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Original Issue

Poster Woman Northeastern's Kathy Waldo shrugs off cystic fibrosis like an opposing check

Kathy Waldo was skating up the ice during a recent game in
Boston's Matthews Arena, playing in the gnatlike way that earned
her a scholarship at Northeastern, when an opposing player took
exception to some Waldo stick checks. "I'm gonna kill you!"
yelled Providence's Valerie Bono, a 5'10" enforcer. Waldo, 5'2"
and maybe 115 pounds, laughed.

"Look at you," she said. "You're huge. You better be able to
kill me." Waldo, who seconds earlier had taken a firm (and
blatantly illegal) elbow to the noggin from Bono, laughed again
as her adversary glided away toward the penalty box.

Waldo, a 22-year-old senior forward for the Huskies, was two
months old when her parents, Maureen and Joe, were told that she
had cystic fibrosis, an inherited genetic defect that results in
chronic lung problems and digestive disorders. "The doctors said
she'd spend her life in hospitals," says Maureen, who resides
with her husband in Cross Plains, Wis. "Back then, cystic
fibrosis was in the dark ages. They told us our daughter would
live until she was 18, maybe 20, and that would be it."

Maureen takes a breath. She has seen Kathy go through coughing
spells, frightening infections and days when she was just plain
weary. It has been a battle. "We just decided to take our own
approach," says Maureen. "She was not going to grow up as a
patient. She deserved more."

Cystic fibrosis produces a sticky, thick mucus that damages the
tissue of the lungs, making breathing difficult. When one sits
in a stuffy hospital room, theorized Kathy's parents, breathing
does not get any easier. When one is outside, running and
jumping and sliding and taking in deep gulps of fresh air,
breathing is natural. So whenever young Kathy started coughing a
lot, Joe hauled her out to the sidewalk and made her sprint a
hard lap around the block. "The neighbors must've thought Dad
was some kind of tyrant," Kathy says. The Waldos also encouraged
their daughter to follow David, her older brother by a year,
into the yard to play football or baseball or basketball. Most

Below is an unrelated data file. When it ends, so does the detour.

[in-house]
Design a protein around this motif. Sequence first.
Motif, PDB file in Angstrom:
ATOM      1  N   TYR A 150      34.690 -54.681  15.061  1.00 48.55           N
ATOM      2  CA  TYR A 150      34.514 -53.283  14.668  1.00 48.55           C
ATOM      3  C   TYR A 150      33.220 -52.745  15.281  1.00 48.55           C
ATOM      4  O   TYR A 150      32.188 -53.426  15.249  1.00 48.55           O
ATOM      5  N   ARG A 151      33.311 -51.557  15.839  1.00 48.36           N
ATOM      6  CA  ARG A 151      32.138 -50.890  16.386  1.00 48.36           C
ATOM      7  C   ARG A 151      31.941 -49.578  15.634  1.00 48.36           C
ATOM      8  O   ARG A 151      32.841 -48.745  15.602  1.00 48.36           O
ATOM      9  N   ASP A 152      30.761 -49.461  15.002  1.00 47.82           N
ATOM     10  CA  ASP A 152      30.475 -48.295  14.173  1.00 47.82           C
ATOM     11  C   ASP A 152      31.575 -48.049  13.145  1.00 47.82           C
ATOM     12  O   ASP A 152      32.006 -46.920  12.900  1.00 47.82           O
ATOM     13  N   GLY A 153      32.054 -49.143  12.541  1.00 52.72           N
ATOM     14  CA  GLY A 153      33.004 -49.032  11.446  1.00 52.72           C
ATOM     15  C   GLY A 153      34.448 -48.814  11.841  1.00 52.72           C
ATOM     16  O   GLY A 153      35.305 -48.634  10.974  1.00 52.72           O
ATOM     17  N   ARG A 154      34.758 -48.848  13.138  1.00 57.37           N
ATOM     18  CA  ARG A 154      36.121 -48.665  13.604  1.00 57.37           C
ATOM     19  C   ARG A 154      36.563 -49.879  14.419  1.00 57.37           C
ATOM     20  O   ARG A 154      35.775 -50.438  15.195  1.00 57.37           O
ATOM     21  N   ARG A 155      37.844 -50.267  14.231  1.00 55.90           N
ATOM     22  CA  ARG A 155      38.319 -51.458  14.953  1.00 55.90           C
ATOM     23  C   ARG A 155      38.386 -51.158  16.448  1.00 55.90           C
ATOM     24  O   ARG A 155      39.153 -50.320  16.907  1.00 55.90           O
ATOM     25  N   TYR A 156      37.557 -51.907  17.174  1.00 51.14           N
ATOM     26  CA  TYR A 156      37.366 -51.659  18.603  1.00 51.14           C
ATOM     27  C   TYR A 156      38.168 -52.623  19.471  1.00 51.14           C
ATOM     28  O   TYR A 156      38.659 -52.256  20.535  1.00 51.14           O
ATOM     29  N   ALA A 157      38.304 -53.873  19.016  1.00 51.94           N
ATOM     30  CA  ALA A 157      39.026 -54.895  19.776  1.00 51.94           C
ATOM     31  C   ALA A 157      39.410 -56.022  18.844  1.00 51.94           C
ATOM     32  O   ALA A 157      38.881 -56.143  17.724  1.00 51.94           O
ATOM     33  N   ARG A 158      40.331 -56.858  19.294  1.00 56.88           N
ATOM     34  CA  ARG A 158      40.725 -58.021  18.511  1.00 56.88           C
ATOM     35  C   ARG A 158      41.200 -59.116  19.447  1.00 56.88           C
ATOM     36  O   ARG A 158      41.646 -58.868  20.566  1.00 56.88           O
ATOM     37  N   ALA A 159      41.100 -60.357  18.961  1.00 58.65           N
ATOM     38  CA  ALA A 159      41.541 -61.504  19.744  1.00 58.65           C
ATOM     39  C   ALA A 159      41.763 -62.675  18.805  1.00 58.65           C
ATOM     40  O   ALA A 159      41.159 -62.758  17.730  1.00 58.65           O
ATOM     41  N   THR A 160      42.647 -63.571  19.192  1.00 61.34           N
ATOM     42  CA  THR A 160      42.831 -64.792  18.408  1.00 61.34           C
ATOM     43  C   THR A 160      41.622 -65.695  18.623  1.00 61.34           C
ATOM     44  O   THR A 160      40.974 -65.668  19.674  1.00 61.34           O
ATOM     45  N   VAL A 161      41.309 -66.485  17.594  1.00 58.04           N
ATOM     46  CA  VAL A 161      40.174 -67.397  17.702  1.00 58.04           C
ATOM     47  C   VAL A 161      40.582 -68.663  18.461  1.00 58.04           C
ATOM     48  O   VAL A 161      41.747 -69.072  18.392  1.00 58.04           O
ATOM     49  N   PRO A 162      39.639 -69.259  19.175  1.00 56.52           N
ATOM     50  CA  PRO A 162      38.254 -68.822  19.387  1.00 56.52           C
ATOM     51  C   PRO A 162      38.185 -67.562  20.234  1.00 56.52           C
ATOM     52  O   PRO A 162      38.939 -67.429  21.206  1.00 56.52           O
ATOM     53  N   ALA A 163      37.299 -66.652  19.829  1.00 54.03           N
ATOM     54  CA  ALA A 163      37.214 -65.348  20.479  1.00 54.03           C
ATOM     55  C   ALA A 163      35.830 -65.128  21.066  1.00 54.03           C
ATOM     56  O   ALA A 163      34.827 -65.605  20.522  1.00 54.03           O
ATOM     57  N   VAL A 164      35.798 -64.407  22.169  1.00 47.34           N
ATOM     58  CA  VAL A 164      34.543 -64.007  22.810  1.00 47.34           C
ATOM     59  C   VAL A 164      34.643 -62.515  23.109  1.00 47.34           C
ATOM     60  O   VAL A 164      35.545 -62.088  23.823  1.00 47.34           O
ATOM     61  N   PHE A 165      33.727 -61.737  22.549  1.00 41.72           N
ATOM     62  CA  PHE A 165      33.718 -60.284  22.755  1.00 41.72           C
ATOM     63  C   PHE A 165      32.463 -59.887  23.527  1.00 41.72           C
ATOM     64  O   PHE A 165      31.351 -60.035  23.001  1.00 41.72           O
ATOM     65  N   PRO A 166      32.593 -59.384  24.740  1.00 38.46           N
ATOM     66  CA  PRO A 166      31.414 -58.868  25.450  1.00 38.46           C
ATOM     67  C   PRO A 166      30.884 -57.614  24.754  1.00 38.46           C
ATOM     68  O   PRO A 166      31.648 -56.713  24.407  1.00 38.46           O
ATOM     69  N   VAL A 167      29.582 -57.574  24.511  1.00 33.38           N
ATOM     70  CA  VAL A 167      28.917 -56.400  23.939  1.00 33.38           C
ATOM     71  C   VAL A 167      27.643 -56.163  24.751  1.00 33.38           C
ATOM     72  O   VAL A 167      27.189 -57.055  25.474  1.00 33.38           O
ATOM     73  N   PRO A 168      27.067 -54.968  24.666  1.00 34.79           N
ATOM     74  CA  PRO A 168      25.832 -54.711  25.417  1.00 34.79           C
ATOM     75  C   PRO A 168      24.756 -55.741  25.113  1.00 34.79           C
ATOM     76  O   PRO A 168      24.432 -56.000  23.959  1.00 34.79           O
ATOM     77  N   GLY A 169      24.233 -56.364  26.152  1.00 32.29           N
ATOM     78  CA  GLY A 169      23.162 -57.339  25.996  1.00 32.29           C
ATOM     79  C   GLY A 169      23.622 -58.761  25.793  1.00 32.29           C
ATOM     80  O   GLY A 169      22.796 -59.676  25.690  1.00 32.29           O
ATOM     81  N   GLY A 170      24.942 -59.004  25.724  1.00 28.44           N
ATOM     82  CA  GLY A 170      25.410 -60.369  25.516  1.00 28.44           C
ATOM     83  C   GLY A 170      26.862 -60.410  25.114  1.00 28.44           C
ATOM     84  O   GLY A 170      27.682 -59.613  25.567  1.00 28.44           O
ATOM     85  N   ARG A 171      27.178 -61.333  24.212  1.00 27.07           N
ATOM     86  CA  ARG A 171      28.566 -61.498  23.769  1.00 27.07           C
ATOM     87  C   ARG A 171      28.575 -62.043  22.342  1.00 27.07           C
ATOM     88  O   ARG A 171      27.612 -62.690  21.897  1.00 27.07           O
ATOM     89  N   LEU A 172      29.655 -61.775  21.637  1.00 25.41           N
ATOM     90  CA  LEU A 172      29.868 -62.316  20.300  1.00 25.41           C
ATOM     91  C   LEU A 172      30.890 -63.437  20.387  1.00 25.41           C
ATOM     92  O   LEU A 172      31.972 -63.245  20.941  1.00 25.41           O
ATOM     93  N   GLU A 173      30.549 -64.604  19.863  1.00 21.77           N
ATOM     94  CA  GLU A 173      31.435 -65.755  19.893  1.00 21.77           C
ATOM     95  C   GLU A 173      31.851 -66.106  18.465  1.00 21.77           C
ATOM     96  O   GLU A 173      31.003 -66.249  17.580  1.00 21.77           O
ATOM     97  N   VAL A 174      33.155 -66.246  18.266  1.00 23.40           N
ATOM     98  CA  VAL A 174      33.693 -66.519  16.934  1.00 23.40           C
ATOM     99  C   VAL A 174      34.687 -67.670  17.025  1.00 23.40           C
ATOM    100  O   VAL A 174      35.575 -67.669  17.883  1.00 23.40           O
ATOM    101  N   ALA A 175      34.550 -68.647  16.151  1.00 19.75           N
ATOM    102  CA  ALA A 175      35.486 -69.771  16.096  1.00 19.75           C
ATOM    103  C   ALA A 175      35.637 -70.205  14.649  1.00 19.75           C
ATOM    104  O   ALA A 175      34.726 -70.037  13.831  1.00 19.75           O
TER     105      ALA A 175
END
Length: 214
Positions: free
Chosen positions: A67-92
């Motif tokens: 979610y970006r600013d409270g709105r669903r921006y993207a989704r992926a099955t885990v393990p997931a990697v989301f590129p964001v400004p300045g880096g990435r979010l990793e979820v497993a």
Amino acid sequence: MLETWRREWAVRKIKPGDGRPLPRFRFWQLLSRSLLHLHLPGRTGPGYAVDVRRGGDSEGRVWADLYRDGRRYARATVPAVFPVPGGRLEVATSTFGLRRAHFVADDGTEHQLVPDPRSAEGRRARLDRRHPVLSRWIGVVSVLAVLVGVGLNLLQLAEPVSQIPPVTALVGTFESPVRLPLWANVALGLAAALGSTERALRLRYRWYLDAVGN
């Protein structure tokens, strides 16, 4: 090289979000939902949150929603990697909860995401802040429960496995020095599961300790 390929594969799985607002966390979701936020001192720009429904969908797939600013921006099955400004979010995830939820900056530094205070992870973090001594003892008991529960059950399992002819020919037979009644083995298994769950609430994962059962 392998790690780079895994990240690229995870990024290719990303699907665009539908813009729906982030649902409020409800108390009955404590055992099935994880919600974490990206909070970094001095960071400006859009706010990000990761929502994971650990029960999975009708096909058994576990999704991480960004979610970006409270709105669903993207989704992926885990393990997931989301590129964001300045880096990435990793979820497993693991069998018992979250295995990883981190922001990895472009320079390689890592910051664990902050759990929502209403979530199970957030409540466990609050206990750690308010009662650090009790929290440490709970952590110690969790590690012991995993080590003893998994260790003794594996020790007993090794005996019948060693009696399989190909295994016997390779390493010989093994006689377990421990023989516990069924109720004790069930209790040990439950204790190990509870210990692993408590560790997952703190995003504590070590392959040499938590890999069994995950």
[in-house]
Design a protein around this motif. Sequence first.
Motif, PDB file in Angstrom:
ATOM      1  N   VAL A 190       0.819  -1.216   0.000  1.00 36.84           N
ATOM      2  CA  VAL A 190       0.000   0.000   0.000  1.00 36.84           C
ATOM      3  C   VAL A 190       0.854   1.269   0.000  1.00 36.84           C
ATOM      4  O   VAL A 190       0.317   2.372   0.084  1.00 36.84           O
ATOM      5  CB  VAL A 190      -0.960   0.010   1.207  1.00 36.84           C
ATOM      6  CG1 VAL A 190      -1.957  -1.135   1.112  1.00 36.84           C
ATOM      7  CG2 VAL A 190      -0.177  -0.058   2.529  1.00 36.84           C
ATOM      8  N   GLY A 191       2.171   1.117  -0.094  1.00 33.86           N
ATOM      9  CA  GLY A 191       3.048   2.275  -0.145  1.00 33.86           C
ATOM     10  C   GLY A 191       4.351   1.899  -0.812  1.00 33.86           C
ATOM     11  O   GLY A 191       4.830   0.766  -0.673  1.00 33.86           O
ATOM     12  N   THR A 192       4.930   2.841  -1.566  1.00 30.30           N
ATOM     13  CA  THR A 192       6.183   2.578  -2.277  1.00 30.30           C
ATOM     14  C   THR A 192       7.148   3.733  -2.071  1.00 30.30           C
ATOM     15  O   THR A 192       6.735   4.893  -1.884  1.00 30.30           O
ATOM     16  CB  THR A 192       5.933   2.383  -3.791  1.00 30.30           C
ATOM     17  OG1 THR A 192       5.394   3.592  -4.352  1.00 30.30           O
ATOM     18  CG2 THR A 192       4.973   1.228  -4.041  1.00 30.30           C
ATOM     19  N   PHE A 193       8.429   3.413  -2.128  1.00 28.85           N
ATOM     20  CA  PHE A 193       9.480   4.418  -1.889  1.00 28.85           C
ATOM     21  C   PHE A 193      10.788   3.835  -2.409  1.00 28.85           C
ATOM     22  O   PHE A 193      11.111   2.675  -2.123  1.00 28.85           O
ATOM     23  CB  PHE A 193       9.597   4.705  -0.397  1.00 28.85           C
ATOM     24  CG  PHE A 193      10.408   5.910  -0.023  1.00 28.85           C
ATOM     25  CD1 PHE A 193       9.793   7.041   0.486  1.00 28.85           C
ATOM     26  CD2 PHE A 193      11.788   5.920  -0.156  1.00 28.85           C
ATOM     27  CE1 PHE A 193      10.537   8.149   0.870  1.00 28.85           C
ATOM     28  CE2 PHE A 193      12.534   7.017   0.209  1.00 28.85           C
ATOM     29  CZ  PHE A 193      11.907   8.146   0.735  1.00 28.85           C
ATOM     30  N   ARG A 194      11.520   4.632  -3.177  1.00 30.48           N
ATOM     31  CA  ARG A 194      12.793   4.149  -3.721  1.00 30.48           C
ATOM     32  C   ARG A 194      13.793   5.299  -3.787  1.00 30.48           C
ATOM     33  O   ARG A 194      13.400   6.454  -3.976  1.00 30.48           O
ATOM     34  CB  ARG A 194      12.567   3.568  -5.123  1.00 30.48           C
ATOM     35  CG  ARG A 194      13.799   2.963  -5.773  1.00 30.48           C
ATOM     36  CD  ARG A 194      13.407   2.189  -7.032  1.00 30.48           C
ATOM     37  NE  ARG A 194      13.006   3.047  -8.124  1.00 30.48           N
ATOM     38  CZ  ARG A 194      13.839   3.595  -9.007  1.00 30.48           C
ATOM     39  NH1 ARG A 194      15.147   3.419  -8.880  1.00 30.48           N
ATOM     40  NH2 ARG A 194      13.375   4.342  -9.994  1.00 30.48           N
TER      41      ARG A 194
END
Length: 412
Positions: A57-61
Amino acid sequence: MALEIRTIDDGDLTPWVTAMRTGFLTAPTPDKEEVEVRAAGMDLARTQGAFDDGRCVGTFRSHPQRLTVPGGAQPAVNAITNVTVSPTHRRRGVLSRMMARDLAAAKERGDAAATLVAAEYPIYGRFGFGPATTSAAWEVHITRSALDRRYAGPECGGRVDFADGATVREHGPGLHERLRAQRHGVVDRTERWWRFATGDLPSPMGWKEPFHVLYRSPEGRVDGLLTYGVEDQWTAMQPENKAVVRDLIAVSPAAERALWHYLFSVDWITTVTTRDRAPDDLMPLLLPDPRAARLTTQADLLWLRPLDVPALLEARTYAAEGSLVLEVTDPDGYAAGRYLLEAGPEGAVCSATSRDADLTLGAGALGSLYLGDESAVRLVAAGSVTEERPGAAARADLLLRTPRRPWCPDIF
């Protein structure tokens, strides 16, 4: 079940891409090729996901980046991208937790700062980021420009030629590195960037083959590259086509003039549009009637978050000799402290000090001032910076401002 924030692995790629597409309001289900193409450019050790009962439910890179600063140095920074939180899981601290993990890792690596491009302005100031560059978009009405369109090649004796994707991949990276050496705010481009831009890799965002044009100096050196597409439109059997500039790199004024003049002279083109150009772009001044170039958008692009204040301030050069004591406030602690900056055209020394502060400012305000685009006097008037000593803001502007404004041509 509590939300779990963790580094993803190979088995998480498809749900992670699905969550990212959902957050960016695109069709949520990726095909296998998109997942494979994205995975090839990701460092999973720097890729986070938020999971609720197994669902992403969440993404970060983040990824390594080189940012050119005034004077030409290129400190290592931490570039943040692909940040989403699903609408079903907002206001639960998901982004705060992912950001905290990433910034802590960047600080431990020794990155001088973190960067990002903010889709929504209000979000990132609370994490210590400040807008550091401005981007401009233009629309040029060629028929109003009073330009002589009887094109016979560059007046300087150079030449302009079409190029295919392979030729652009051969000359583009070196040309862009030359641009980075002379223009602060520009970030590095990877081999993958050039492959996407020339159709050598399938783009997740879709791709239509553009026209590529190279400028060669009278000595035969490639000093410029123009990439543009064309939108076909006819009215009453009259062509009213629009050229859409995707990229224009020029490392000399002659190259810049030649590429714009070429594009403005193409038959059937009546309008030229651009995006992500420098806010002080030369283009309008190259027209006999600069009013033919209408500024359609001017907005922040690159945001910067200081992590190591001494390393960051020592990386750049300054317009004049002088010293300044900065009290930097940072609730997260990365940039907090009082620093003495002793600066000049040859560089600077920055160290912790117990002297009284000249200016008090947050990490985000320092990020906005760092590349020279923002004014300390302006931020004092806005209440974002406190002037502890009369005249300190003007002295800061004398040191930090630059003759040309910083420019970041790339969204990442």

important, she followed David, who is not afflicted by cystic
fibrosis, into ice hockey.

Kathy was three years old when she first tried skating. At age
three she joined a local boys' Midget team for four- to
seven-year-olds. She was the first female to play on the boys'
hockey team at Middleton High. The only female team captain,
too. "Nothing's better for me than hockey," says Waldo, the
possessor of wide brown eyes and a comforting, toothy smile.
"The skating makes you work really hard, and then you take in
the cold air from the ice. It opens your lungs up and keeps
things moving in your body. For people suffering from CF,
hockey's perfect."

It is easy to say that now, as Waldo finishes up a spectacular
four-year collegiate run. But who would've envisioned that? This
is not the story of a sickly girl struggling to earn a spot on
the bench. Waldo is a star for powerhouse Northeastern (22-6-3
and ranked No. 4 nationally at week's end). She is a natural
point producer (106 in 121 career games, including 12 goals and
15 assists this season through Sunday).

She's rugged, too. "Oh, is she tough," says Jaime Totten,
Northeastern's captain. "If someone's messing with her on the
ice, Kathy won't think twice about standing right up to her."

Waldo makes cystic fibrosis sound like a splinter in the butt,
only less painful. Truth be told, the path has not been smooth.
Every time she gets a cold or is even near someone with a cold,
there is cause for concern. Each day she takes a buffet of
medications, including an array of enzymes at each meal and
DNase, a liquid that breaks down the mucus that accumulates in
her lungs. Infection comes easily to the CF sufferer. In the
summer before her sophomore year, Waldo underwent surgery to
repair lingering damage to her right shoulder. The procedure
went well, but what followed was torture. As a result of the
operation, an infection spread through Waldo's lungs. She was on
and off IVs, in and out of the hospital, for five weeks.

It was a frightening period. Through her first 18 years Waldo
had been hospitalized only twice. "It reminded me of what can
happen," she says. "It was horrible." Gutsy as ever, Waldo
played 27 games that season. "She never complained," says
Totten. "We've seen what she has gone through without ever
feeling sorry for herself. That sends a message: Be tough."

"People who sit around and complain about life--that sucks,"
Waldo says. "I know I have a disease that's technically supposed
to give me a shorter life span. But why should I think about
dying? I've beaten the odds, and I'll continue to beat the odds."


"Why should I think about dying? I'll continue to beat the odds."